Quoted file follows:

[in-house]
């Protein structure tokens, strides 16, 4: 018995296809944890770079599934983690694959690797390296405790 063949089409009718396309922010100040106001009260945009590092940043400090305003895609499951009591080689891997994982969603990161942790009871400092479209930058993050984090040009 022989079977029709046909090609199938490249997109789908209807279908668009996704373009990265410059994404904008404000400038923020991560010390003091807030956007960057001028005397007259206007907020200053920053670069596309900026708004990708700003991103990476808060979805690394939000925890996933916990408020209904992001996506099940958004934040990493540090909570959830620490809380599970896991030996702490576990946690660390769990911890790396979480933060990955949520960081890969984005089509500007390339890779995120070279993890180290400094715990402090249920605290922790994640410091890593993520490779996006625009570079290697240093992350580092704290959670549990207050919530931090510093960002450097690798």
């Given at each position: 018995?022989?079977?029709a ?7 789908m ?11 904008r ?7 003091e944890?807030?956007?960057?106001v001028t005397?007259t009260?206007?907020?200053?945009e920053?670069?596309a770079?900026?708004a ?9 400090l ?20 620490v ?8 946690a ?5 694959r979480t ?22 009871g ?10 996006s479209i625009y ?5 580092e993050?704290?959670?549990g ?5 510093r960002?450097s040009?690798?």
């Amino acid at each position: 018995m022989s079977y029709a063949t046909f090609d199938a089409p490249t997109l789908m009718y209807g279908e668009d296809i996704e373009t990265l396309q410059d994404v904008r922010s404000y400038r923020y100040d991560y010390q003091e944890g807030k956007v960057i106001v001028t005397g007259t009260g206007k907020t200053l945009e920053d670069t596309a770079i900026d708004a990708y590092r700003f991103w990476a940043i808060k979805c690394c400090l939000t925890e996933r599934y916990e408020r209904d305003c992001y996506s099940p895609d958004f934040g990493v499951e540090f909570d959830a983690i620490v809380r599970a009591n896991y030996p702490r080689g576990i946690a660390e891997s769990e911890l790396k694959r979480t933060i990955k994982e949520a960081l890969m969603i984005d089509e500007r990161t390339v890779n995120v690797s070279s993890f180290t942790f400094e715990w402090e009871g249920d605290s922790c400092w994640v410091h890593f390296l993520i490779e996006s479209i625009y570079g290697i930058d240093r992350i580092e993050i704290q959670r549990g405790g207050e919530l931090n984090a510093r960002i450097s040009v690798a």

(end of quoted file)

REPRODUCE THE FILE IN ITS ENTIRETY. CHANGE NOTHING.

[in-house]
């Protein structure tokens, strides 16, 4: 018995296809944890770079599934983690694959690797390296405790 063949089409009718396309922010100040106001009260945009590092940043400090305003895609499951009591080689891997994982969603990161942790009871400092479209930058993050984090040009 022989079977029709046909090609199938490249997109789908209807279908668009996704373009990265410059994404904008404000400038923020991560010390003091807030956007960057001028005397007259206007907020200053920053670069596309900026708004990708700003991103990476808060979805690394939000925890996933916990408020209904992001996506099940958004934040990493540090909570959830620490809380599970896991030996702490576990946690660390769990911890790396979480933060990955949520960081890969984005089509500007390339890779995120070279993890180290400094715990402090249920605290922790994640410091890593993520490779996006625009570079290697240093992350580092704290959670549990207050919530931090510093960002450097690798």
């Given at each position: 018995?022989?079977?029709a ?7 789908m ?11 904008r ?7 003091e944890?807030?956007?960057?106001v001028t005397?007259t009260?206007?907020?200053?945009e920053?670069?596309a770079?900026?708004a ?9 400090l ?20 620490v ?8 946690a ?5 694959r979480t ?22 009871g ?10 996006s479209i625009y ?5 580092e993050?704290?959670?549990g ?5 510093r960002?450097s040009?690798?």
């Amino acid at each position: 018995m022989s079977y029709a063949t046909f090609d199938a089409p490249t997109l789908m009718y209807g279908e668009d296809i996704e373009t990265l396309q410059d994404v904008r922010s404000y400038r923020y100040d991560y010390q003091e944890g807030k956007v960057i106001v001028t005397g007259t009260g206007k907020t200053l945009e920053d670069t596309a770079i900026d708004a990708y590092r700003f991103w990476a940043i808060k979805c690394c400090l939000t925890e996933r599934y916990e408020r209904d305003c992001y996506s099940p895609d958004f934040g990493v499951e540090f909570d959830a983690i620490v809380r599970a009591n896991y030996p702490r080689g576990i946690a660390e891997s769990e911890l790396k694959r979480t933060i990955k994982e949520a960081l890969m969603i984005d089509e500007r990161t390339v890779n995120v690797s070279s993890f180290t942790f400094e715990w402090e009871g249920d605290s922790c400092w994640v410091h890593f390296l993520i490779e996006s479209i625009y570079g290697i930058d240093r992350i580092e993050i704290q959670r549990g405790g207050e919530l931090n984090a510093r960002i450097s040009v690798a």